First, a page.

I think there will be multiple tools for Next available, some leaning more toward windows, some more toward being portable... (I personally have only linux machines at home, so my preference is obvious)... and I don't think there will be single "go to" package suited for everyone, as people prefer different tools and UI. I can sense a good-will underlying your comment, and logic, but that alone is not enough to make such tooling available.
Then again *"The average Windows user won't install Linux just for Next development."* - why not? It's few more click and it's free. I'm certainly not going to install windows, as that's not free and requires license and source code is not [easily] available. But setting up virtual machine with linux is like one evening job, if you didn't do it before (or 2-3h including customization and setup, if you know what you are doing, bare install is like 10-30min). Then again most of the "linux" tools are often written in portable way, often having windows binaries directly provided by author, or you can compile them yourself. I mean, as a windows user you will have probably much higher chance to run all of the tools, including linux ones (contrary to linux users). You are just missing modern OS goodies.
Also you are not dealing with "average users" as users, but SW developers. The core team will surely want to cater for newcomers and give them some reasonable kick-off on the machine itself, including Next BASIC and manual, but that's long way from "commercial development" and it will still take huge effort on their side to deliver even that startup pack (especially in similar quality like the machine case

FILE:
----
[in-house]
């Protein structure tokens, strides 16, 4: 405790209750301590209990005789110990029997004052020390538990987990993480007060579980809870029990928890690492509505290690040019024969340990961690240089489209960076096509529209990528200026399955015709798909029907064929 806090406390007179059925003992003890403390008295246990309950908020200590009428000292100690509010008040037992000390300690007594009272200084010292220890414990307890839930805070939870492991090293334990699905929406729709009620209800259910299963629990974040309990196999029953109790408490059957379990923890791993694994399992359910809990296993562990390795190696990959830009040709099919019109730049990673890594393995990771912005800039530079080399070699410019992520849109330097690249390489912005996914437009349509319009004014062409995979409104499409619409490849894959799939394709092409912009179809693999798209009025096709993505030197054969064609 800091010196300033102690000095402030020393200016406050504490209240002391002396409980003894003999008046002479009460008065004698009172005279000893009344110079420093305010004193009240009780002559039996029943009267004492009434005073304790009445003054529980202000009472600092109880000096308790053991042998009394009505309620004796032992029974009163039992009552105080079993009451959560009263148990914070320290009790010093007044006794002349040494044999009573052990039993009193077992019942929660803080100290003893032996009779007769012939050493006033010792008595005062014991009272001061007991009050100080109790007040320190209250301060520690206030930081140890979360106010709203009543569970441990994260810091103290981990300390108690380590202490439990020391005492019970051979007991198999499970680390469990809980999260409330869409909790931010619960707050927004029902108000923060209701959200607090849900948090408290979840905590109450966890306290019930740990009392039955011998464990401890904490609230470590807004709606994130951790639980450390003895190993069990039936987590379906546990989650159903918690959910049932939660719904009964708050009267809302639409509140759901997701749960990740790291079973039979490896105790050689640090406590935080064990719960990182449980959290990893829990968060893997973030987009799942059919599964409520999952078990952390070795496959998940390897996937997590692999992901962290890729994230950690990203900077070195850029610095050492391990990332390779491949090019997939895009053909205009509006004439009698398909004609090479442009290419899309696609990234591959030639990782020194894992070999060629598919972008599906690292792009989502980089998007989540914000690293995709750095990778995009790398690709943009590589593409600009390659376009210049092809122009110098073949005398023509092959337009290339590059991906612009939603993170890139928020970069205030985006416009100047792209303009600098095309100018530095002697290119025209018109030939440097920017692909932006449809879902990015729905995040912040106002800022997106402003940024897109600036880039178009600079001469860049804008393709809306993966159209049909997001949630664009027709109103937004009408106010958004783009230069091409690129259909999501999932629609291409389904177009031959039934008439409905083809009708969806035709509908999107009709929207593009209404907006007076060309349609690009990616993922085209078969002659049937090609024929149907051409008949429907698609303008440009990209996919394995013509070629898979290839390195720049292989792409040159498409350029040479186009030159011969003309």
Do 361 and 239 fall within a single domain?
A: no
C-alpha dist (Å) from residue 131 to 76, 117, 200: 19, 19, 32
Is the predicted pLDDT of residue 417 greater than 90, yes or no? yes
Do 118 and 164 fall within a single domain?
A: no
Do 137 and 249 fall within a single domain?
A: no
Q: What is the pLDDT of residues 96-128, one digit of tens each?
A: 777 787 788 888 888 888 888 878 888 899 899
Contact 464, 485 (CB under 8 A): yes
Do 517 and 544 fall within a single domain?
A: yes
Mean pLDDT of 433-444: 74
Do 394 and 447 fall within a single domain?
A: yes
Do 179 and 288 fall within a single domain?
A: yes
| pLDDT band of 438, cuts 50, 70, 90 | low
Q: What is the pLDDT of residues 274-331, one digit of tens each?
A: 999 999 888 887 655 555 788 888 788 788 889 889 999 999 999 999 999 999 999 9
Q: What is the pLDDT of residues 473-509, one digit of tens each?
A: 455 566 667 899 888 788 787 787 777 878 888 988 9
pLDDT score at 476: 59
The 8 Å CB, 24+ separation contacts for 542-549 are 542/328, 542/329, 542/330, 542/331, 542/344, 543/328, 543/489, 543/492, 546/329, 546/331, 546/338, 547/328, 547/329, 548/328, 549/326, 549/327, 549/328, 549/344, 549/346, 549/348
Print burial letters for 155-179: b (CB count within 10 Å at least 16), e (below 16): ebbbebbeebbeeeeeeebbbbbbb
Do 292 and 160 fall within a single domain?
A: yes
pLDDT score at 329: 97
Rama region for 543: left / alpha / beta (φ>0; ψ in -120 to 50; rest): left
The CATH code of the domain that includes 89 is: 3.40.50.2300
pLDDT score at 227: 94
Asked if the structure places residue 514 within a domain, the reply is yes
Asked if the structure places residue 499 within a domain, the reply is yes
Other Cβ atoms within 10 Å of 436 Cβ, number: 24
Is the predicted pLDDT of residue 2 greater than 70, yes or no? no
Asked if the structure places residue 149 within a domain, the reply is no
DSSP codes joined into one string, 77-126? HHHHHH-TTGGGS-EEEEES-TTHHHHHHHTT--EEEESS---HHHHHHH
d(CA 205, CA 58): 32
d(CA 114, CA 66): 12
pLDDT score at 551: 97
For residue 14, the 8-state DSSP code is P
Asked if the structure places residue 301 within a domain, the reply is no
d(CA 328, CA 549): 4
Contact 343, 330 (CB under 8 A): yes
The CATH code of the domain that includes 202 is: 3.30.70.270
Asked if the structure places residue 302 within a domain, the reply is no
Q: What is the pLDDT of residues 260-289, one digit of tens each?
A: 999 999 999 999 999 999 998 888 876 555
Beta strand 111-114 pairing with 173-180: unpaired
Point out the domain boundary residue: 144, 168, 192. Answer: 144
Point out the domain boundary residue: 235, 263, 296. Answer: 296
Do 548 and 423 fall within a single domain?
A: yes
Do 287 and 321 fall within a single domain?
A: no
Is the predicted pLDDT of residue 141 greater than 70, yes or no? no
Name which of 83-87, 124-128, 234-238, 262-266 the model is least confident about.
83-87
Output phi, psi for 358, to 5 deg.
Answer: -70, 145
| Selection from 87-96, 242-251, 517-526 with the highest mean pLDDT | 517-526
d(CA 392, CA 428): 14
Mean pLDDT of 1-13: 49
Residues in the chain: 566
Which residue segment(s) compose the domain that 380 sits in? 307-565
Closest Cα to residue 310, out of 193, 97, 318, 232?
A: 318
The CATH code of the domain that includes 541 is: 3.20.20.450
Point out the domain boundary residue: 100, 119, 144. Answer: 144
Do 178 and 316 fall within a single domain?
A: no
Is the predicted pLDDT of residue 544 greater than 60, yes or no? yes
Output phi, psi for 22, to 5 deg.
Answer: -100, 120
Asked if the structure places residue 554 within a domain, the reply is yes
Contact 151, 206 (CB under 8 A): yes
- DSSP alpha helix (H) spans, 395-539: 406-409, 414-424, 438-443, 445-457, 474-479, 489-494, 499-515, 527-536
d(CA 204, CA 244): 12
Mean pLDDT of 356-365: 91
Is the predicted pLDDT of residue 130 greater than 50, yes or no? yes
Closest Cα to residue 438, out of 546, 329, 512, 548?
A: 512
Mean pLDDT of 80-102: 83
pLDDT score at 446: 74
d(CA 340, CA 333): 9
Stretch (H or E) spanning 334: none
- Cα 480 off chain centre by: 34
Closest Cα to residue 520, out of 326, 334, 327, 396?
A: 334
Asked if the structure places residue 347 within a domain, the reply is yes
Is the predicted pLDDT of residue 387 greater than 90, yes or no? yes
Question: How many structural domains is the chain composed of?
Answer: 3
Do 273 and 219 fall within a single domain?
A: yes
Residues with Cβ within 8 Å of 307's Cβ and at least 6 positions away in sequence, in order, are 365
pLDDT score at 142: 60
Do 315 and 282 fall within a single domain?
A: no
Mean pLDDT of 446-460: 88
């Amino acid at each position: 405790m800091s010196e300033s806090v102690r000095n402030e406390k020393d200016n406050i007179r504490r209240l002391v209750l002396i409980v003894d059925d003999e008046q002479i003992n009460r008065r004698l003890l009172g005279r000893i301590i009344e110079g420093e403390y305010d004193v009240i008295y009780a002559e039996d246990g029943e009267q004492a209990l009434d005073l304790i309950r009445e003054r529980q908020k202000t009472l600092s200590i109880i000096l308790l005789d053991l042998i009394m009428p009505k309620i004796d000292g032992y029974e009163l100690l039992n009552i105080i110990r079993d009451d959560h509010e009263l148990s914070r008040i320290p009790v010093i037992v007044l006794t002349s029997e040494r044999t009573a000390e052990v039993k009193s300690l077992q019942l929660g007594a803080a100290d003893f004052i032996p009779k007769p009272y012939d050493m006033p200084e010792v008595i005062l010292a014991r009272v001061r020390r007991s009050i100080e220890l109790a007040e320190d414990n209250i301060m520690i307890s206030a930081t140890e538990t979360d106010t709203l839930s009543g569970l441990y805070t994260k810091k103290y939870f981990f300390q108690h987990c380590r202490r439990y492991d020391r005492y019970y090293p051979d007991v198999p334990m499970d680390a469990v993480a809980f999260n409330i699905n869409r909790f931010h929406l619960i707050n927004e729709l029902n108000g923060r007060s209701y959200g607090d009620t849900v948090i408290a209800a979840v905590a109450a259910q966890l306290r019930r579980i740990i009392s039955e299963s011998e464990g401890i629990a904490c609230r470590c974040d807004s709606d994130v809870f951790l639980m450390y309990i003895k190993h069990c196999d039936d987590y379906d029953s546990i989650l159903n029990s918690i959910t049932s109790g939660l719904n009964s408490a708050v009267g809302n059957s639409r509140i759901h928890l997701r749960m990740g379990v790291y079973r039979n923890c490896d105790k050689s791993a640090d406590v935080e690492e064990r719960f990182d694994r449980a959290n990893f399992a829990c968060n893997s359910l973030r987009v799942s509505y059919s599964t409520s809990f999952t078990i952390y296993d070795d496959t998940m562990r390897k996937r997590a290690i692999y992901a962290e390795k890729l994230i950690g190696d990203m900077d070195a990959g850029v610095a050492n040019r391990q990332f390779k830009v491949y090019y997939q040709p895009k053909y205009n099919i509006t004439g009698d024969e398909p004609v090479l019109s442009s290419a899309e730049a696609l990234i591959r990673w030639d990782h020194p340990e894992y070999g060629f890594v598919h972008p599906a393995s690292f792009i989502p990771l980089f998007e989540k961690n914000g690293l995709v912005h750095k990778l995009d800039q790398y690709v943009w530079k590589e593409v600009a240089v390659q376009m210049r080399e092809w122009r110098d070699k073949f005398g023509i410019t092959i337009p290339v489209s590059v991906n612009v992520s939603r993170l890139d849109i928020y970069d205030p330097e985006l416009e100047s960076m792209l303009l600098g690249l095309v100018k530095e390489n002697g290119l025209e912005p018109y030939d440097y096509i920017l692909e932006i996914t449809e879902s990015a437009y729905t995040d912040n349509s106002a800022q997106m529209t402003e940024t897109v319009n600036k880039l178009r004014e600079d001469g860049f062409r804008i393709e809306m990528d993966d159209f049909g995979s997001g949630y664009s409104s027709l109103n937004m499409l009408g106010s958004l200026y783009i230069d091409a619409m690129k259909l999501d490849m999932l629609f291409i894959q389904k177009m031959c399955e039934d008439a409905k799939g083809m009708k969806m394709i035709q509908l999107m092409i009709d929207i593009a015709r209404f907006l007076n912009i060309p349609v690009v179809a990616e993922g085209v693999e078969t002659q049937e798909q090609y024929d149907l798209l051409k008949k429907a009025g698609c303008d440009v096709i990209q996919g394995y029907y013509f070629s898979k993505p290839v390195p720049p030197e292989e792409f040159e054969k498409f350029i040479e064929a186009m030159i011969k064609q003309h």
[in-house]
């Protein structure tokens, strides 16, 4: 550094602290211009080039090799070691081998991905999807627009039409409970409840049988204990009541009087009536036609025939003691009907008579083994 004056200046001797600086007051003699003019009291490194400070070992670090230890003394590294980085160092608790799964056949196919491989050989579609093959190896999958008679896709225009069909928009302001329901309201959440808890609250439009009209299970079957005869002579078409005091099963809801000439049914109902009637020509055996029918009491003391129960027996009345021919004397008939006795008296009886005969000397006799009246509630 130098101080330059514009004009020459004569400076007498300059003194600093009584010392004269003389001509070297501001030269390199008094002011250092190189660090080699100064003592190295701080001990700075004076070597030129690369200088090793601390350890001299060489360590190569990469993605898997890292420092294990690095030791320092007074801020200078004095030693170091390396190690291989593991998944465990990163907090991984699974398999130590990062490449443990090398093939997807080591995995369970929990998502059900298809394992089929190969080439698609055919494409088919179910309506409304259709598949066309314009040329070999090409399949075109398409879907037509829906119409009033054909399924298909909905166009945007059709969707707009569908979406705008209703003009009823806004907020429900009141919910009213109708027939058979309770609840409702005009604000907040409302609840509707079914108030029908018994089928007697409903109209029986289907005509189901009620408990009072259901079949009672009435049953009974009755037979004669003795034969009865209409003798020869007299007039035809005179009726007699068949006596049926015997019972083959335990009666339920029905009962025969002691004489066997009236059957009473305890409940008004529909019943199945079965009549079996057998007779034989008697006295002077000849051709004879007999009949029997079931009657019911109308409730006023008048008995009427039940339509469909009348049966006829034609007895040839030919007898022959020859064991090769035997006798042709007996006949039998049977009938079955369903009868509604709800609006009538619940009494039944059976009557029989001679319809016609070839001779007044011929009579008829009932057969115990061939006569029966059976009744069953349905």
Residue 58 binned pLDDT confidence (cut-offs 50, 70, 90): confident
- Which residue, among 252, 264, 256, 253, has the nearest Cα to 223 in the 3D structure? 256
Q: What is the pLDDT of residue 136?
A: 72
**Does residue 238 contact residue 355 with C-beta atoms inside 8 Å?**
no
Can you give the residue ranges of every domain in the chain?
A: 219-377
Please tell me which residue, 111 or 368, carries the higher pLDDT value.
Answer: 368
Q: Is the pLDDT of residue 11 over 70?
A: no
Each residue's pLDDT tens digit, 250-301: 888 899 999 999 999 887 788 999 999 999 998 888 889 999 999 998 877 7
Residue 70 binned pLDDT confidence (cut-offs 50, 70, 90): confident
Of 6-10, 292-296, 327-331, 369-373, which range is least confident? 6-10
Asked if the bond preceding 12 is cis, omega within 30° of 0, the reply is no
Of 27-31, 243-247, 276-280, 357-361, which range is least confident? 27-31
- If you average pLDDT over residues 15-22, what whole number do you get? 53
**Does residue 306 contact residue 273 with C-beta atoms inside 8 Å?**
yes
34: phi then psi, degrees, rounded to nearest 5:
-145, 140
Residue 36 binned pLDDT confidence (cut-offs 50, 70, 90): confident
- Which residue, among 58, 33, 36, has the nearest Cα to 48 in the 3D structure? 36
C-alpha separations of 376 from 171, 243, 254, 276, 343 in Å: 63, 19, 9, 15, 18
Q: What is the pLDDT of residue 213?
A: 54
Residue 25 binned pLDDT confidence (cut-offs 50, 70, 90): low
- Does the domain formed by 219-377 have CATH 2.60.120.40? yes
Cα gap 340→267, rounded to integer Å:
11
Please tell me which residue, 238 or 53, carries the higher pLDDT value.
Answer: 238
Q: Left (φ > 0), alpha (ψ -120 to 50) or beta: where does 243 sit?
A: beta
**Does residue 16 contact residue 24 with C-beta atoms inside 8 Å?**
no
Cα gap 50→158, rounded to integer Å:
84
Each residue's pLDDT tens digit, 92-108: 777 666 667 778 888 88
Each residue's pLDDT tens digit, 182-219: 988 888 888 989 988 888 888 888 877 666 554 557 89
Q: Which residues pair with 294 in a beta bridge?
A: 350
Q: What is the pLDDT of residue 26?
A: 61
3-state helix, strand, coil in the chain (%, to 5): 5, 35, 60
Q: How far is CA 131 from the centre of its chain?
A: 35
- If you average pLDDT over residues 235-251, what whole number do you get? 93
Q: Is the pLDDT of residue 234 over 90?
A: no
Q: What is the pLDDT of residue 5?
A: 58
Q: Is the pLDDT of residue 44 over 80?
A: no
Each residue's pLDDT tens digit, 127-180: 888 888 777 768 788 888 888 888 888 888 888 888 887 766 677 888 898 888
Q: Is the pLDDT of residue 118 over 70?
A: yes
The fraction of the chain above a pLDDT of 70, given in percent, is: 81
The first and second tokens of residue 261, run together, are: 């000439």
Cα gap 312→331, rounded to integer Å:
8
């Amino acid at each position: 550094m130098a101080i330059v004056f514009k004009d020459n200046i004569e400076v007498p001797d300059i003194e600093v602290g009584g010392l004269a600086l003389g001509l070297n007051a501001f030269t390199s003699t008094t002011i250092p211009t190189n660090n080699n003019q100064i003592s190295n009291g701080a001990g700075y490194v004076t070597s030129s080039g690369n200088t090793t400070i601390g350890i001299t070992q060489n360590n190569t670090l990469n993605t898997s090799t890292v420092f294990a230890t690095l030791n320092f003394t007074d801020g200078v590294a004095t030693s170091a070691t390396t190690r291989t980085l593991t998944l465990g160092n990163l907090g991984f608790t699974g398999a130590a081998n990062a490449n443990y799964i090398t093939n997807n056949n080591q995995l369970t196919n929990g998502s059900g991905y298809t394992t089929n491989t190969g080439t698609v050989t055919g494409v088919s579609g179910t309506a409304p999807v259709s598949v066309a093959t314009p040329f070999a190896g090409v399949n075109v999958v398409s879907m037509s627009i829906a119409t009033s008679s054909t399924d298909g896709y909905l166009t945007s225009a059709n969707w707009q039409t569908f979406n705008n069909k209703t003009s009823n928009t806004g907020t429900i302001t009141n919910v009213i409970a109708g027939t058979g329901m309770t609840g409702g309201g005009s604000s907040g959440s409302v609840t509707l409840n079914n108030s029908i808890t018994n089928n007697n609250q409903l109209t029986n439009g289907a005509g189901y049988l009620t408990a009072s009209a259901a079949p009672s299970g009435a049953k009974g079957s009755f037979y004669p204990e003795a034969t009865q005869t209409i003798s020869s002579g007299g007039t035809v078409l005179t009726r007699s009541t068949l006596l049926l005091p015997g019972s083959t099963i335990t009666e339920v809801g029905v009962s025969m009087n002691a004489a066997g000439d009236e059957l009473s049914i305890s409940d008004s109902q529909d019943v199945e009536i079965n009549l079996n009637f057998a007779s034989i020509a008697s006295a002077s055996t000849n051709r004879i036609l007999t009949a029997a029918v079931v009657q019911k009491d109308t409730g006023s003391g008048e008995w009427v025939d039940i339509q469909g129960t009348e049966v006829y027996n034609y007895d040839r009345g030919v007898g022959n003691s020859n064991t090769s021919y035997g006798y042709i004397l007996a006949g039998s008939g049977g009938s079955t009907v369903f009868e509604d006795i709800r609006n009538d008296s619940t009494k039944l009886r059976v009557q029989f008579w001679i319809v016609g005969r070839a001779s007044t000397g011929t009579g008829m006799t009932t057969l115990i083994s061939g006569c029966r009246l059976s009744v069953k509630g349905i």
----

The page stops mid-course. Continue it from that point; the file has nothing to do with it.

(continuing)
While seasoned Spectrum developers are not truly depending on any external tools, they were writing games back in times, when many of them wrote at least one own assembler in their life, not only not afraid to create their own tools, but often stubbornly preferring it precisely that way, writing everything own and from scratch.
Considering what tools are currently already available (z88dk, pasmoNext, CSpect, snasm, Boriel IDE, ...), I think one who is determined to actually create something on Next can and will find a way. If none of those tools fit your needs perfectly, and you would rather wait until such perfect one emerges, I'm afraid that may be also lack of the required determination level. Because developing for Next will have quite some learning curve. The ZX machines are quite easy to learn basics (I would say even considerably easier than modern educational platforms), but difficult to master (and I don't think any tool alone will ever close that gap completely, surely good tools will help, but there's lot more to it).
I would recommend to try Next BASIC first to do some introductory tinkering, and not to worry about compilers for the moment. It may give you better idea for later, what precisely you need, and explore further tools later.